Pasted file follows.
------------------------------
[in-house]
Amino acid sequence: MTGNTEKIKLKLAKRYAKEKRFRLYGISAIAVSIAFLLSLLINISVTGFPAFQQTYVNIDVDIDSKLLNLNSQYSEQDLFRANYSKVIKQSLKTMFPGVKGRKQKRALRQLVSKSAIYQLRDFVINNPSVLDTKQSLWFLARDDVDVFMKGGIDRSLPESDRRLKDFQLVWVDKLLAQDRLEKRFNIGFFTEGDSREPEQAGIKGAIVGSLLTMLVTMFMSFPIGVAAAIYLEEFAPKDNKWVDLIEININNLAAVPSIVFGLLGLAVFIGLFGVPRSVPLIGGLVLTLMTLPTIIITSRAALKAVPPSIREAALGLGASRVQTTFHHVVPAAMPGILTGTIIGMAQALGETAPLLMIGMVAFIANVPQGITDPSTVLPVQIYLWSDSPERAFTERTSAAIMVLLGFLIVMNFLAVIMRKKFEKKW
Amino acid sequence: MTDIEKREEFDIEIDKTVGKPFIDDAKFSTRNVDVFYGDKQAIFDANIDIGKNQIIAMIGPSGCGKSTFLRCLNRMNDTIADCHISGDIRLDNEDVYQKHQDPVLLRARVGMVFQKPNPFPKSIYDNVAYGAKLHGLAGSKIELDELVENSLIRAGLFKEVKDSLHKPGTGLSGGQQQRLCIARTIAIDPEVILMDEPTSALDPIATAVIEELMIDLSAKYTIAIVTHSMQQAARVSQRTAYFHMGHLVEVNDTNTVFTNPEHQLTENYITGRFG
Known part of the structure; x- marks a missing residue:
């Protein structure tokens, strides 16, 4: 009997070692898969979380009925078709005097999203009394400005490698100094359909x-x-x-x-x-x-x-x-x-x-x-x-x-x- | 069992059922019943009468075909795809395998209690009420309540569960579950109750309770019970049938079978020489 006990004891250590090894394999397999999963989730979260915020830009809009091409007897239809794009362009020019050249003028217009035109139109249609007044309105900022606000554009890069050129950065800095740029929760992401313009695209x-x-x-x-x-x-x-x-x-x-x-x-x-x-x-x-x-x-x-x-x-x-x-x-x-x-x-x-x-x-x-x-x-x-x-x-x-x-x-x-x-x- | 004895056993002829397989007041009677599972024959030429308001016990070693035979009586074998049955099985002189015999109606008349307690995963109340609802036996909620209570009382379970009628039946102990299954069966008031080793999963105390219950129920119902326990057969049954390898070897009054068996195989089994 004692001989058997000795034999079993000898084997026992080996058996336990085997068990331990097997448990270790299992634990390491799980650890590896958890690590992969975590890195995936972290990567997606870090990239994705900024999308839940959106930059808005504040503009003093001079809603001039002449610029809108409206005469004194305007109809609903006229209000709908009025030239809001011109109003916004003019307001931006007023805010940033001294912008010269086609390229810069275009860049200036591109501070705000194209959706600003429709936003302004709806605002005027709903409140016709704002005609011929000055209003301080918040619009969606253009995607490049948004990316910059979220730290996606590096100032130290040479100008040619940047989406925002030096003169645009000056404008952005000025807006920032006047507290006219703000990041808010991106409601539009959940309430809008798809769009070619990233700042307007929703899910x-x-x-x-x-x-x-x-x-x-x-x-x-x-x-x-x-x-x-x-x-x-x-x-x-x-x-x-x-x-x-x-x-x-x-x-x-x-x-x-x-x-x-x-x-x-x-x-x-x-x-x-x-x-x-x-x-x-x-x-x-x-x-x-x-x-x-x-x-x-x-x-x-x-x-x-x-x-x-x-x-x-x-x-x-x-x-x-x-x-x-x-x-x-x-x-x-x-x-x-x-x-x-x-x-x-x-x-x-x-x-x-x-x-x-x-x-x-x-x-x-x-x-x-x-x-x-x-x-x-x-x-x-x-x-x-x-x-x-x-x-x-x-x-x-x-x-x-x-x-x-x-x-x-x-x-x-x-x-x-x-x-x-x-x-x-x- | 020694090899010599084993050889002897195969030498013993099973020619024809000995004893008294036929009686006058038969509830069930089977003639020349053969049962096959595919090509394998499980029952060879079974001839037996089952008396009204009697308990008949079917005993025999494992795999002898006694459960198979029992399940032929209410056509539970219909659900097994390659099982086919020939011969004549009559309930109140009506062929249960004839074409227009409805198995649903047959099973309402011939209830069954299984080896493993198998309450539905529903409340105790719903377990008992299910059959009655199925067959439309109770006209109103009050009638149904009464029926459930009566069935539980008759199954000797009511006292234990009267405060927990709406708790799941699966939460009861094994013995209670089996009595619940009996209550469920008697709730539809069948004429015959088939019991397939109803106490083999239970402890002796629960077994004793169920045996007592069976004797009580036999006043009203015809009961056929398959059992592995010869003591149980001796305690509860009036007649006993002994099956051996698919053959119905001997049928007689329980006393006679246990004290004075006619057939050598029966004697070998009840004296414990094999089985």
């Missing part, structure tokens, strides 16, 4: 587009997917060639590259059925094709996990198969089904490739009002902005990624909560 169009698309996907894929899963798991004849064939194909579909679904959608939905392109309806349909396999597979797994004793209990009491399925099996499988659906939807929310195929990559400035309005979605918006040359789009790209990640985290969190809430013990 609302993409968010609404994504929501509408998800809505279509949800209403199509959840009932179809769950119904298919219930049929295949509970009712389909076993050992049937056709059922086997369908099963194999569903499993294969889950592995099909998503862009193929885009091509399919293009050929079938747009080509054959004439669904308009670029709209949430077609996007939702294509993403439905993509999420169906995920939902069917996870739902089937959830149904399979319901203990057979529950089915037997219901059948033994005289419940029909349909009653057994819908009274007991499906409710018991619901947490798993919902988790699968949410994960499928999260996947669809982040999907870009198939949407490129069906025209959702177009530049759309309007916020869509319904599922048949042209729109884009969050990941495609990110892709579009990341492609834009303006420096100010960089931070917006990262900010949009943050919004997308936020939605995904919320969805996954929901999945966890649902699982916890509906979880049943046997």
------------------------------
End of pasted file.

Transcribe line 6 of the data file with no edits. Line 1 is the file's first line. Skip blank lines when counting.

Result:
């Missing part, structure tokens, strides 16, 4: 587009997917060639590259059925094709996990198969089904490739009002902005990624909560 169009698309996907894929899963798991004849064939194909579909679904959608939905392109309806349909396999597979797994004793209990009491399925099996499988659906939807929310195929990559400035309005979605918006040359789009790209990640985290969190809430013990 609302993409968010609404994504929501509408998800809505279509949800209403199509959840009932179809769950119904298919219930049929295949509970009712389909076993050992049937056709059922086997369908099963194999569903499993294969889950592995099909998503862009193929885009091509399919293009050929079938747009080509054959004439669904308009670029709209949430077609996007939702294509993403439905993509999420169906995920939902069917996870739902089937959830149904399979319901203990057979529950089915037997219901059948033994005289419940029909349909009653057994819908009274007991499906409710018991619901947490798993919902988790699968949410994960499928999260996947669809982040999907870009198939949407490129069906025209959702177009530049759309309007916020869509319904599922048949042209729109884009969050990941495609990110892709579009990341492609834009303006420096100010960089931070917006990262900010949009943050919004997308936020939605995904919320969805996954929901999945966890649902699982916890509906979880049943046997």